“Where do our arts stand with regard to the consciousness that is blossoming in the Arab nation?” This question was posed in 1956 in a questionnaire on “Art and Arab Life” that was circulated to artists in Lebanon, Iraq, Egypt, and Syria in a special issue devoted to the arts of the Arab world of the Beirut-based, pan-Arab journal al-Adab, which was established in 1953 as an outlet for politically engaged thought and cultural analysis.
Modern Art in the Arab World: Primary Documents – On the Concept of Painting and the Plastic Language
In Morocco in the mid-1960s, the National School of Fine Arts in Casablanca offered a new cohort of avant-garde thinkers—including artists Farid Belkahia, Mohammed Chebaa, and Mohammed Melehi—a platform for developing new models of decolonized, integrated artistic practice. Such an agenda is set forth in this position statement written by Chebaa on the occasion of the three-person Belkahia, Chebaa, and Melehi exhibition at the Mohammed V Theatre gallery in Rabat.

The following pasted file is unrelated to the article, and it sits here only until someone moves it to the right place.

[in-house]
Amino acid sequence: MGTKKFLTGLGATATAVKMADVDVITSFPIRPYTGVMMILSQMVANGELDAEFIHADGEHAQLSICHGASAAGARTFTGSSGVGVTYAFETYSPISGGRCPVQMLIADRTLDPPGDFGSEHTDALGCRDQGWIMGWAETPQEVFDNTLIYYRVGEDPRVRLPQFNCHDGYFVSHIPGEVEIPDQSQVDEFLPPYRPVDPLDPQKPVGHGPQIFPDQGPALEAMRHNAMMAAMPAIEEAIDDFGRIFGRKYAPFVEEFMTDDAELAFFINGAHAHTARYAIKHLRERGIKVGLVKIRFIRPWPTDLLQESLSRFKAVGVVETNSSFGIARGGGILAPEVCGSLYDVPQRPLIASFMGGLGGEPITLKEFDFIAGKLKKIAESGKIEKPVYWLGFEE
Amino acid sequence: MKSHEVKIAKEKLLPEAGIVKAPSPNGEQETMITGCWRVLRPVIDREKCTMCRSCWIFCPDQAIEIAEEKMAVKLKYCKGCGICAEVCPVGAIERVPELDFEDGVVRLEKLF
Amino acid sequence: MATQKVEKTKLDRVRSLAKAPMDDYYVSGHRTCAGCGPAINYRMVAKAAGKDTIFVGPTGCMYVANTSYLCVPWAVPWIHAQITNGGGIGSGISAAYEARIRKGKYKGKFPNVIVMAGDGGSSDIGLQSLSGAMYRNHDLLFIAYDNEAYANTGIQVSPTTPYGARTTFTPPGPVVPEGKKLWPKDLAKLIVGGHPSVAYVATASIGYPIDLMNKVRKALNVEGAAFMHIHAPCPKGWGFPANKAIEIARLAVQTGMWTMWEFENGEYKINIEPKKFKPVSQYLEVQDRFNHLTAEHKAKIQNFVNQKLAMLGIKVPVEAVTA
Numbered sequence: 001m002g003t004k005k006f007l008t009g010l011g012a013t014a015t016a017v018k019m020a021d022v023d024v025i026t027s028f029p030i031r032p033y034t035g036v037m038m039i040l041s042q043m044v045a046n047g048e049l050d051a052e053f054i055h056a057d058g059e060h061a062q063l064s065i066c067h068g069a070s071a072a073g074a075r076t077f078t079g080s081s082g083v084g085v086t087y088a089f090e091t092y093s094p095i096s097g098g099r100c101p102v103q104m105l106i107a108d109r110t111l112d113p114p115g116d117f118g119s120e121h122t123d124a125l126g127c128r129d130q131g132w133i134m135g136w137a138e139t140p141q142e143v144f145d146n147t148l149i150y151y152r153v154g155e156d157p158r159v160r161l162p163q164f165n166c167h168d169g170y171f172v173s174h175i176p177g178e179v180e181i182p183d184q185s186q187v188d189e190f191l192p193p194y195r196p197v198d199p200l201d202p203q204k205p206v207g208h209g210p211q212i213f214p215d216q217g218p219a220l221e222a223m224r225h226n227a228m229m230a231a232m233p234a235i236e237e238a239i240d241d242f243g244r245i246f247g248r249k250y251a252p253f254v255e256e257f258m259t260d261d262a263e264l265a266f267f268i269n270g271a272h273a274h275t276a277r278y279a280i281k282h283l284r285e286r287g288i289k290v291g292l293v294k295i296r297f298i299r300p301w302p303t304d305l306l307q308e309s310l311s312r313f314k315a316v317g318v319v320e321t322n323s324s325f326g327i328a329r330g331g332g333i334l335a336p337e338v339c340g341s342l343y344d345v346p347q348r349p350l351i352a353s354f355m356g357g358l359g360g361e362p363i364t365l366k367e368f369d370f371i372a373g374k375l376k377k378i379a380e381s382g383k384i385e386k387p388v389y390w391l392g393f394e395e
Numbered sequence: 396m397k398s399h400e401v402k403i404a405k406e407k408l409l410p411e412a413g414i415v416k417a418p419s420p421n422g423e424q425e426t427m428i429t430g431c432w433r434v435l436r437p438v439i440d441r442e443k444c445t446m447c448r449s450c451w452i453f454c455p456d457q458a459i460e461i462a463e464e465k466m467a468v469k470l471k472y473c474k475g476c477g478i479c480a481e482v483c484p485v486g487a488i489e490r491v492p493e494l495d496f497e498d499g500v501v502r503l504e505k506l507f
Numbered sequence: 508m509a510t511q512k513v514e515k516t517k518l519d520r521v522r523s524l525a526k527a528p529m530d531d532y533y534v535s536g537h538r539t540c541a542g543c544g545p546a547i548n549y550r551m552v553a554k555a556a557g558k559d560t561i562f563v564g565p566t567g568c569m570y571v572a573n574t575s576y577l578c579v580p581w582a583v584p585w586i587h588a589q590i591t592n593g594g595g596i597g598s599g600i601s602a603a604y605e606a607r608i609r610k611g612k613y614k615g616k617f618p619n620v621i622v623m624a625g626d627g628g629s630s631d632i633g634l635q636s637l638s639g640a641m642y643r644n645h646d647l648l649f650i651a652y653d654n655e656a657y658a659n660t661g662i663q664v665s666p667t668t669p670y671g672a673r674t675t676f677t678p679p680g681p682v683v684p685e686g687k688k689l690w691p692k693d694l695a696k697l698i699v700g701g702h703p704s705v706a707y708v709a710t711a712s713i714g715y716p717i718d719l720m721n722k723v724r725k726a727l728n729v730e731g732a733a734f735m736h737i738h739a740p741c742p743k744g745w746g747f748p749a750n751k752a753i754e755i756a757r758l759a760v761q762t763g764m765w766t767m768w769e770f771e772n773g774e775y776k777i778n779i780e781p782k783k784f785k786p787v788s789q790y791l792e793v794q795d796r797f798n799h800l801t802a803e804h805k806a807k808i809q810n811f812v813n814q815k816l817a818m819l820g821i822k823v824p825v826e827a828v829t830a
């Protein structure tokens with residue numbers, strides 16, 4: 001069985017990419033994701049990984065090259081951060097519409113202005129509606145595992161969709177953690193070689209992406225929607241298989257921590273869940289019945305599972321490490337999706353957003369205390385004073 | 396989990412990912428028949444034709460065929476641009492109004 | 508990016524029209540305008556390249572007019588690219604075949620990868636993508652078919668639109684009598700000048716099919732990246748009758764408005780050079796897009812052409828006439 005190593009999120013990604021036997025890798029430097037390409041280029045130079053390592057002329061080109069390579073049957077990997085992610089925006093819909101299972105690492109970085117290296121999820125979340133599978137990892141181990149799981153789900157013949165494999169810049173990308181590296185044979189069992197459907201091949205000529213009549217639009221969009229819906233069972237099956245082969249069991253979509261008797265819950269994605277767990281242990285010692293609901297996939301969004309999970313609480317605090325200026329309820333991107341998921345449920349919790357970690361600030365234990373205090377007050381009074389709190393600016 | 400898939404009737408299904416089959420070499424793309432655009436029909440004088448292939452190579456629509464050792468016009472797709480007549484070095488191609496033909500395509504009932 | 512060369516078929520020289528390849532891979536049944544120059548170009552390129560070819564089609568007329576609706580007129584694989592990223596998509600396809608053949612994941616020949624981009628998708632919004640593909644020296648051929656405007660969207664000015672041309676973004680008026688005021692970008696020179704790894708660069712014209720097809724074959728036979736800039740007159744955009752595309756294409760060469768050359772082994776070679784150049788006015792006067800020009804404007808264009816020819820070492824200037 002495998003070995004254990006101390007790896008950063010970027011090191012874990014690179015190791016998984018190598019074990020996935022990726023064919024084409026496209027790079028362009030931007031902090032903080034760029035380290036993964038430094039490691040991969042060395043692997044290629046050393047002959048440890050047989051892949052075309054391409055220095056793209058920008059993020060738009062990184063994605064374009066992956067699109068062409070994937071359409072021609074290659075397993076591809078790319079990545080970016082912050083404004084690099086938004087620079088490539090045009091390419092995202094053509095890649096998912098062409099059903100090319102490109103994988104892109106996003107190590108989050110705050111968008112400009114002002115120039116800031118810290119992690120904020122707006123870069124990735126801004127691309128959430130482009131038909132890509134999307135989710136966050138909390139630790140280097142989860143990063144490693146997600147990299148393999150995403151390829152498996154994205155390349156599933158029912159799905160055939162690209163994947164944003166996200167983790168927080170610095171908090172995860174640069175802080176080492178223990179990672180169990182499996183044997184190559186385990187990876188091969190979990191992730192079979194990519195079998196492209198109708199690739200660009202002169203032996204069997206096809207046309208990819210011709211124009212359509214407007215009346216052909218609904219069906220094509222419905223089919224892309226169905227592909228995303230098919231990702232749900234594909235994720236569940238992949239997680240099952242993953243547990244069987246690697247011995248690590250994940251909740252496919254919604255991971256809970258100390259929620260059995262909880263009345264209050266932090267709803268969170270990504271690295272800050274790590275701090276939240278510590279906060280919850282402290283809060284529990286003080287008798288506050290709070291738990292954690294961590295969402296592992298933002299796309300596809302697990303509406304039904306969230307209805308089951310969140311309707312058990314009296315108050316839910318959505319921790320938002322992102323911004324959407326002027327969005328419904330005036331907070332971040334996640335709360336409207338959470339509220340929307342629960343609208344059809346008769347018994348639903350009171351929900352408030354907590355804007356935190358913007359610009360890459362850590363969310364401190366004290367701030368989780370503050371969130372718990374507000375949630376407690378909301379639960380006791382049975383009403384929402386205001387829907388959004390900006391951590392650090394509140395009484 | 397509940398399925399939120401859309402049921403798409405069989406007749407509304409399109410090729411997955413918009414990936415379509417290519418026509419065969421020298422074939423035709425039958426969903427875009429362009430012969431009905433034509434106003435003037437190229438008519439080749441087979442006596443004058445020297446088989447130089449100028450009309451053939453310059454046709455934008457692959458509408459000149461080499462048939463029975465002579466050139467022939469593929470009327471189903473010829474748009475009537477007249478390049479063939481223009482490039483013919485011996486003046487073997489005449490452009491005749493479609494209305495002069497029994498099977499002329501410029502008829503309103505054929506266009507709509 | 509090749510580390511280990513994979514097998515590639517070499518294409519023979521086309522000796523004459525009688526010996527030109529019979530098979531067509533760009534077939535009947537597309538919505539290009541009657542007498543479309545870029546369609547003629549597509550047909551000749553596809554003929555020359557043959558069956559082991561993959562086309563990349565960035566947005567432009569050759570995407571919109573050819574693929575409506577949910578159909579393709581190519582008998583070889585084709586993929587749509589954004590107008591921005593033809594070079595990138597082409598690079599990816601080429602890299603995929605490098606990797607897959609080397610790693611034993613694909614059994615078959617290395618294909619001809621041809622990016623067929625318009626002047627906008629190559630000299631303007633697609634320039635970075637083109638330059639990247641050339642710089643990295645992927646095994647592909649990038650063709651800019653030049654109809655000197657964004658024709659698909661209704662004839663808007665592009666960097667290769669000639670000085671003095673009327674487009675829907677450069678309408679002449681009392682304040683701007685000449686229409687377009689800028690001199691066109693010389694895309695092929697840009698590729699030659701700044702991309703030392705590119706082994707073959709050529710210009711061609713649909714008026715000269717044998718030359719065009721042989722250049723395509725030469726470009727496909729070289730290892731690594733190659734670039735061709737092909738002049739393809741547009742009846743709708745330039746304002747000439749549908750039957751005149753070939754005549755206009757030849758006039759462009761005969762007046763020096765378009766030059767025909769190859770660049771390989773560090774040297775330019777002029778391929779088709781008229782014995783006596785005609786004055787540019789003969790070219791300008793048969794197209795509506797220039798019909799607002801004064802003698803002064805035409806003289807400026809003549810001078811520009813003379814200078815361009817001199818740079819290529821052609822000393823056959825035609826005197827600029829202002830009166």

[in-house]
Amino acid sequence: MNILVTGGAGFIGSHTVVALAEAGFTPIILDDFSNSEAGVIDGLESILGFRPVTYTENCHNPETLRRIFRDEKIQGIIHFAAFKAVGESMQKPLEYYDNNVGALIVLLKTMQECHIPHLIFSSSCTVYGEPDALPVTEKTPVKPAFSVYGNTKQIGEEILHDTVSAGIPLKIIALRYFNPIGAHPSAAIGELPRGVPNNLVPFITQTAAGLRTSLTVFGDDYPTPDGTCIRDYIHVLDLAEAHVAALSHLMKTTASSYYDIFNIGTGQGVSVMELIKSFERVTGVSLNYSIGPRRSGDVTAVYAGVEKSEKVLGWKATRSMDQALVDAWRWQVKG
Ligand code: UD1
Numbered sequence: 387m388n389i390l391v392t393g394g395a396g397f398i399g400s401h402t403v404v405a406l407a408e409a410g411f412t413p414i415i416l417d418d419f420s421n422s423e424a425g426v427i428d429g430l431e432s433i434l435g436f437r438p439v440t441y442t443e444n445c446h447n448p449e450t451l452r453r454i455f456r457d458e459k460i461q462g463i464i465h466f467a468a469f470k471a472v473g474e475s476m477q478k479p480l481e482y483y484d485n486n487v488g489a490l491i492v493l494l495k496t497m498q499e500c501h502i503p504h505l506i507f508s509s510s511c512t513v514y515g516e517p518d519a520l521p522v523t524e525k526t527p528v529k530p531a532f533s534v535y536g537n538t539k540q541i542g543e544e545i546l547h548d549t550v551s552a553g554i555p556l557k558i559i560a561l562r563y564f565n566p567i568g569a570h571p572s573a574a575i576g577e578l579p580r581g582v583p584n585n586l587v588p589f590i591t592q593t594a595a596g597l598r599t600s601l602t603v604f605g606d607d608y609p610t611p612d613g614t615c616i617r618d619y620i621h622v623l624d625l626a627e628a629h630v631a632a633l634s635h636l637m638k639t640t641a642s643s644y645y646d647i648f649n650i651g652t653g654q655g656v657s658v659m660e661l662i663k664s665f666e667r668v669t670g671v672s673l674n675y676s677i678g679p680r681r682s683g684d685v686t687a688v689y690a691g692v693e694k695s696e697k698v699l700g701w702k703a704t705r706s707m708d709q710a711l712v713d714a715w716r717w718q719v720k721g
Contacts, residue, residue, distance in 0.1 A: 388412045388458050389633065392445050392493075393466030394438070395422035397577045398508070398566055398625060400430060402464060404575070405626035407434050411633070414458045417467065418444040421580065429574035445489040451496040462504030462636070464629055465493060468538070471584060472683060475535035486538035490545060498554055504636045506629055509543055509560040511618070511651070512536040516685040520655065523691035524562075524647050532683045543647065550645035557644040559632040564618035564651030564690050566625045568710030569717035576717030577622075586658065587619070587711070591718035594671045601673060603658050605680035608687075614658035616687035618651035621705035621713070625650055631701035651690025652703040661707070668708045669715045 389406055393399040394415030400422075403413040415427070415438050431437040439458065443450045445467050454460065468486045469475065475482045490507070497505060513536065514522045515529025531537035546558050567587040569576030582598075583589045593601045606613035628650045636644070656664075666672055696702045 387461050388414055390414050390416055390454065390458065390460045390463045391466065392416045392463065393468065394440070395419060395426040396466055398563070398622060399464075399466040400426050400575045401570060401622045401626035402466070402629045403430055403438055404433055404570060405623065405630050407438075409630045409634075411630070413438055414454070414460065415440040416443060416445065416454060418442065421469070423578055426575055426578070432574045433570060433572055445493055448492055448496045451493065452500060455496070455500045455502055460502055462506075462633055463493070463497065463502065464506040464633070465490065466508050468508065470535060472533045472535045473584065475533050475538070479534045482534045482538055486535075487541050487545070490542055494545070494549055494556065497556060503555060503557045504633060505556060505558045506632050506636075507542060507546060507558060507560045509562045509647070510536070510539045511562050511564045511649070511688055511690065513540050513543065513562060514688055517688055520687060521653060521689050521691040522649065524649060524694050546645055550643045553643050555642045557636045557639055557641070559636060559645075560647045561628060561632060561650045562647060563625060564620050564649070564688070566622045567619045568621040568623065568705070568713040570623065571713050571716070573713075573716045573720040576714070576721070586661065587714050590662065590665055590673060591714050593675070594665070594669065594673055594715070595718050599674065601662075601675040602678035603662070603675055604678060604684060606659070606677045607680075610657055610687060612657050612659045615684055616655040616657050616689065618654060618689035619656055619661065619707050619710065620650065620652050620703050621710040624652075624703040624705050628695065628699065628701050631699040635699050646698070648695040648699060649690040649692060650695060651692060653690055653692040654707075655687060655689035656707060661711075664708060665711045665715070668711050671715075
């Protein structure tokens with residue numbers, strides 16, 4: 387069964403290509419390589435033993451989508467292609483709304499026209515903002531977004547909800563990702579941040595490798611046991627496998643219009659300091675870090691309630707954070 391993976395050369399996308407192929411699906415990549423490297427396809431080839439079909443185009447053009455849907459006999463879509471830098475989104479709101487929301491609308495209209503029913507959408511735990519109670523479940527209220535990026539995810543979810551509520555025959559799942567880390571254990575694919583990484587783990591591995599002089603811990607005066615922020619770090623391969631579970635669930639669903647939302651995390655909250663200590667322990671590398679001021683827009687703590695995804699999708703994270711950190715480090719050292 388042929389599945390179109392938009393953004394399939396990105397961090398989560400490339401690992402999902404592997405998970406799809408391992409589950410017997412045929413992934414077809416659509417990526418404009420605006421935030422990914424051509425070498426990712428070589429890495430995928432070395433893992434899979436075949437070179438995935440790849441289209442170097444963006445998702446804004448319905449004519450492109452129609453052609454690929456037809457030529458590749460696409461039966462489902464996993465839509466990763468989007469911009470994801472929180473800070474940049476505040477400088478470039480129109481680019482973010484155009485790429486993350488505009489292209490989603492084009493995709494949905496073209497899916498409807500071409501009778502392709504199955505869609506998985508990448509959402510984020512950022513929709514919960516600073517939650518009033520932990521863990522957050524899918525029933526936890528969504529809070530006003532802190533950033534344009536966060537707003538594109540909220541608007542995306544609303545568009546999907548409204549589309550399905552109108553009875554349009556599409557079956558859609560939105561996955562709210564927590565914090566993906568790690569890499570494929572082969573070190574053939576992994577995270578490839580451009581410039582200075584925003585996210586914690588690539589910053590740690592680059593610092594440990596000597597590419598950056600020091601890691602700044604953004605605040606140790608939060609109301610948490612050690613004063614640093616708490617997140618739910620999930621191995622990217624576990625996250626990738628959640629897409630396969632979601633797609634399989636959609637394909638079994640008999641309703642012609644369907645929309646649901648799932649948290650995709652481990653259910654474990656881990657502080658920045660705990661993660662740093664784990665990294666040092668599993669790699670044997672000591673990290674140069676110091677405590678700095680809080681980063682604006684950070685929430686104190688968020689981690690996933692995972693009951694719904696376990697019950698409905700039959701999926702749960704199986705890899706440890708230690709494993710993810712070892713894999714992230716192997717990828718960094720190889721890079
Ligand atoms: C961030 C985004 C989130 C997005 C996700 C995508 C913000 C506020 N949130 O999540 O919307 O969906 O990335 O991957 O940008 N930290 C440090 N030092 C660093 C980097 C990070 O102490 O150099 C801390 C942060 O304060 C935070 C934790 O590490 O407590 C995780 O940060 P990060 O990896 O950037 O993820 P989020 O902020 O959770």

Modern Art in the Arab World: Primary Documents – Visitors’ impressions of the 1933 Palestine Pavilion at the First National Arab Fair
The texts below are entries taken from the 1933 guest book from the first solo exhibition of the work of Zulfa al-Sa‘di (1905–1988), a young Palestinian female artist, held in the Palestine Pavilion at the First National Arab Fair, organized in Jerusalem under the auspices of the Supreme Muslim Council.
“We Painted the Crystal, We Thought About the Crystal”—The Crystalist Manifesto (Khartoum, 1976) in Context
Thoroughly committed to novelty, invention, and atomic and space-age practices, the Crystalist group proposed completely new directions for art in Sudan in the 1970s. Their manifesto published in a Khartoum newspaper within the artistic context of the time introduces the Crystalist themes of transparency and dualism.